Wednesday, October 17, 2007

Tragedies of English Language Use

#1 in a continuing series.

Although I am, by no means, infallible, there are a number of misuses of certain words and bits of grammar in the English language that drive me crazy in the same way that nails on a chalkboard can drive some people to tears or the ability of the common person to navigate an uncontrolled intersection can send others running for the hills. I thought it might be fun to come on and post about certain instances when I run across them, more for the pure cathartic release of the act than to try and position myself as some high mucky-muck who knows his English better than you do.

And just so you know the ground rules, I'm not going to come on and point out that someone failed to distinguish between and 'it's' and an 'its' cuz that's like pointing out the sky is blue to someone who is lying in the grass looking up at the clouds. No, I'm only going to post something when it really stands out, like the use of the word moot.

I recently read a post by someone (who shall remain unnamed) on their blog (which will also remain unnamed) where they used the word moot. We've all used it at some point, and 99% of us probably used it in the way which we've all become accustomed to it being used - incorrectly. More often than not the word moot is used as in the phrase, "the point is moot," or, "this is a moot point," and is usually intended to mean the argument/discussion of a topic has come to an end. Something within a given situation has essentially trumped whatever point you were trying to make, therefore there is little point in continuing with the discussion.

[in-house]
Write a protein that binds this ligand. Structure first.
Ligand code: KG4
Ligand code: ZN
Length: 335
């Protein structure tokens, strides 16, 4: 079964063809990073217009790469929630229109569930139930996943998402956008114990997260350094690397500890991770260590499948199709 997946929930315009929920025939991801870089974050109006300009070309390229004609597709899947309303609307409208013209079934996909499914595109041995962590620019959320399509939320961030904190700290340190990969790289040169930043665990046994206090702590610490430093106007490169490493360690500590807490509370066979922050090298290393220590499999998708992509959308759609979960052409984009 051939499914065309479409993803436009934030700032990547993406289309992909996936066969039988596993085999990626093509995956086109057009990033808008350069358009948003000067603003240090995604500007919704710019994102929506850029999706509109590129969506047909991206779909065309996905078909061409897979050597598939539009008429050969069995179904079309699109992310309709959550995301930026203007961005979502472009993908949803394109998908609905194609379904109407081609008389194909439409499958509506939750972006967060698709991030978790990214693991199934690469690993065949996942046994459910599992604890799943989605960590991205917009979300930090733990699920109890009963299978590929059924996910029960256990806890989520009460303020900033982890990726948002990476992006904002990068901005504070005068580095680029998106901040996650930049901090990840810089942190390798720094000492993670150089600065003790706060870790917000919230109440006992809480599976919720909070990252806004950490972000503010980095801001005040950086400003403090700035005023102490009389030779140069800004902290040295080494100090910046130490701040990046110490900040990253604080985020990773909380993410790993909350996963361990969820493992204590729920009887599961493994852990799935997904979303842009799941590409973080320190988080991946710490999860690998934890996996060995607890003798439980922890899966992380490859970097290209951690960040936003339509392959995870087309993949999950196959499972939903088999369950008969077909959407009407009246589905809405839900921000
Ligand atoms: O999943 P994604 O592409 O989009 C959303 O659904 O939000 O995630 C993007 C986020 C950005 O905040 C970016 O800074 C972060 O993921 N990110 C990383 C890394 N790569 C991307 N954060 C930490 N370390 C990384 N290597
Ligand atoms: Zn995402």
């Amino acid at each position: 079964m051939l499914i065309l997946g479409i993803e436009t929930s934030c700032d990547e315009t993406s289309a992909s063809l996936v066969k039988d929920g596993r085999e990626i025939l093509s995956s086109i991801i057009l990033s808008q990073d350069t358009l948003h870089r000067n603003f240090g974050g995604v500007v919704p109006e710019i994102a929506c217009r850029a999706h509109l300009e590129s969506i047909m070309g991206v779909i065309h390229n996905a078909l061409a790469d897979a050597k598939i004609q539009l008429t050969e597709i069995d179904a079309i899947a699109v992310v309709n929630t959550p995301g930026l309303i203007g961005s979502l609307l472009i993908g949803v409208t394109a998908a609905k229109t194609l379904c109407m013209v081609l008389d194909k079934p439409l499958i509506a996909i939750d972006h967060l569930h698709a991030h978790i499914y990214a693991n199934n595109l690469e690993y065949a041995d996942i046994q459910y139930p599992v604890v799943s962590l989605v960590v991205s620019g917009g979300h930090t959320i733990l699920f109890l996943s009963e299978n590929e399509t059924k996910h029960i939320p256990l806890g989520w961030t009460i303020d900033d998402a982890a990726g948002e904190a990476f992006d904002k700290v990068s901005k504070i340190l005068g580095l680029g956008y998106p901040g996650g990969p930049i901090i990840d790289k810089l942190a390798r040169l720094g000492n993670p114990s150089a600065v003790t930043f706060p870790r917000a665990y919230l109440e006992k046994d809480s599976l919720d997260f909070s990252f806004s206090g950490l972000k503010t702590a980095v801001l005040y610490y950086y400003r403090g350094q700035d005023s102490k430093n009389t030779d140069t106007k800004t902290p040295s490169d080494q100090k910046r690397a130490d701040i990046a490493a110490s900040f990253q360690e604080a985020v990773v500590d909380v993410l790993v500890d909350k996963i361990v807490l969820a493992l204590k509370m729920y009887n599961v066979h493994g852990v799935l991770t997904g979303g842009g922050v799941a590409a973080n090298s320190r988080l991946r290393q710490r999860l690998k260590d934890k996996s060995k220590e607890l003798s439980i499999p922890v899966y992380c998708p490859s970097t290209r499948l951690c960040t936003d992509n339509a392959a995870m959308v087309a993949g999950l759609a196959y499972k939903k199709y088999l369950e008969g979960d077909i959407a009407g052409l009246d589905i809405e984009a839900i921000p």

As the definition below shows, the true meaning of the word is anything but:

moot [moot]
1. open to discussion or debate; debatable; doubtful: a moot point.
2. of little or no practical value or meaning; purely academic.
3. Chiefly Law. not actual; theoretical; hypothetical.

[Origin: bef. 900; ME mot(e) meeting, assembly, OE gemōt; c. ON mōt, D gemoet meeting. See meet]

The definition above was cribbed from

I used to use it like everyone else, but ever since it was pointed out to me, it stands out like a sore thumb whenever I see it used improperly. Kind of like when someone tells you that you can see Harrison Ford's reflection in the glass panel between him and the cobra in the snake pit. Once you know it's there and seen it, you can never un-see it (that is unless Spielberg and Lucas go in and digitally remove it - which they did, by the way).

I'd be curious to know of any language transgressions that just irk the hell out of you. If you've got a good one, drop it in the comments.

With that, I take my leave of you to go and watch special features on my newly acquired copy of A Nightmare on Elm Street.

Onwards and upwards!


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